“They are the soul of this team,” he says while taking extra shots with senior forward Aaron Rosen after practice ends. “They are crucial to our success.”
Before New Trier runs through the first practice drill, Fricke gathers the players in a circle at midcourt and reads off the keys to Tuesday’s game from a single sheet of paper.
Fricke is not delusional; he understands the uphill climb the Trevians are facing at Chicago State.
Nevertheless, Fricke expresses confidence that if New Trier sticks to the game plan and executes it to near perfection, the Trevians can get back to Peoria for the first time in more than a decade.
Ultimately, Fricke says he doesn’t want the Wolverines to “do what they are comfortable doing.”
“Transition defense is huge,” Fricke tells the team. “We think they are much better in transition than in halfcourt. Rebounding is big, too. They often don’t make their first shot, but they often do make their second, third and fourth tries. We want to make them work for their shots. They live around the rim, and we have to make it tough on them in the paint.”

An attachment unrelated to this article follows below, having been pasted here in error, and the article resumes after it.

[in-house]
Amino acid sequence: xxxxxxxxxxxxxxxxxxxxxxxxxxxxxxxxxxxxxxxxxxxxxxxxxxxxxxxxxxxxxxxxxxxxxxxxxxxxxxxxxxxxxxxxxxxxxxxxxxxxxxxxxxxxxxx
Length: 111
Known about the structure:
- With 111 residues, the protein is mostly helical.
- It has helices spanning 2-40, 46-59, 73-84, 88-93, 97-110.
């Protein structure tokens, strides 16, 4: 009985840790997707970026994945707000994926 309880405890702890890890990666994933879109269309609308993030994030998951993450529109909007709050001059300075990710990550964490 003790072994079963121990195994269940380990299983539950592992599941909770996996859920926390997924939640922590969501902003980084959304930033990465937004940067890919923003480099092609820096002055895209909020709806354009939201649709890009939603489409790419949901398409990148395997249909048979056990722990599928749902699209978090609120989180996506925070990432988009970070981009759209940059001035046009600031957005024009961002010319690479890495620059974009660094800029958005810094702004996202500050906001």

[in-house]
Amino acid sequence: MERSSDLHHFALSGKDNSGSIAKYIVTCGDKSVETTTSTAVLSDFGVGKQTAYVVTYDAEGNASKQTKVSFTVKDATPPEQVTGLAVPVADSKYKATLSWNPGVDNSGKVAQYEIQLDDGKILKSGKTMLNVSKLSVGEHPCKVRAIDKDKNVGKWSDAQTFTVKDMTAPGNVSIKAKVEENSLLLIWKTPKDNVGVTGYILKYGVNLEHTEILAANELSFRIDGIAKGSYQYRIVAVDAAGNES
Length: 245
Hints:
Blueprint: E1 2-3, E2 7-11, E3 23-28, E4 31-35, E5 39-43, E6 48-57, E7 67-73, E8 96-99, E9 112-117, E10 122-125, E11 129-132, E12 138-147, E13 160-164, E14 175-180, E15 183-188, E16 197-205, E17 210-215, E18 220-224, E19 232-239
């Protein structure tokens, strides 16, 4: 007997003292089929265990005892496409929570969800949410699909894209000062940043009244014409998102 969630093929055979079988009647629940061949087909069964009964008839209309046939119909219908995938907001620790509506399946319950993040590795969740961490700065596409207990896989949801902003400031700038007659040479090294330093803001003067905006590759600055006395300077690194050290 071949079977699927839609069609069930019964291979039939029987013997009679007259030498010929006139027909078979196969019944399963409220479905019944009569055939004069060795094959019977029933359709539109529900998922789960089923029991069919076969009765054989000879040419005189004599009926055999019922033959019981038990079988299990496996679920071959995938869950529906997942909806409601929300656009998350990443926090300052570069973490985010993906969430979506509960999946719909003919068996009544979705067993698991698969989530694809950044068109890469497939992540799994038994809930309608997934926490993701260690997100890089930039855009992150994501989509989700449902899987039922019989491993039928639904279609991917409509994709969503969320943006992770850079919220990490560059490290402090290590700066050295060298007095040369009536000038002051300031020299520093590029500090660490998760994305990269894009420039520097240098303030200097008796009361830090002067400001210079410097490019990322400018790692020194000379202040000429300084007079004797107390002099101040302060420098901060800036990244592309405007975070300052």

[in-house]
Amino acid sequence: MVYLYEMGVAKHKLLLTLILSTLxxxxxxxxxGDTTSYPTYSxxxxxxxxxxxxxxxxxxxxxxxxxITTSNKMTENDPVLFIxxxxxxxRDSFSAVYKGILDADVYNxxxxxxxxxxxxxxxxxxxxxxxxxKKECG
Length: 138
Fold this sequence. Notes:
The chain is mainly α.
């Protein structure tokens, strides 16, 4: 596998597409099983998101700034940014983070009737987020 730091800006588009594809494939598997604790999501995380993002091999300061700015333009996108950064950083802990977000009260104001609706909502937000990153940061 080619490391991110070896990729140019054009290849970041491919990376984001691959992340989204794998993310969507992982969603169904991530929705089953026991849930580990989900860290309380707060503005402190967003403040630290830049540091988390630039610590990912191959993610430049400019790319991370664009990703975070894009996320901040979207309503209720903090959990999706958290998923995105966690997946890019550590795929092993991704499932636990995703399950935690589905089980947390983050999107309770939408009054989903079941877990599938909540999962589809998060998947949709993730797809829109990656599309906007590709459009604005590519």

Fricke encourages the Trevians to remember one more point: Play their own game. But be smart about it.
“We’ve been a running team all year,” Fricke says. “We are not going to come in here in two days and change who we are. That would be wrong to do for our kids and our team. If we have a great opportunity to run, we want to run.”
Fricke emphasizes the importance of getting a good shot. It doesn’t matter to him whether it takes one pass or 30 to get it.
“We want to make them play defense,” Fricke says.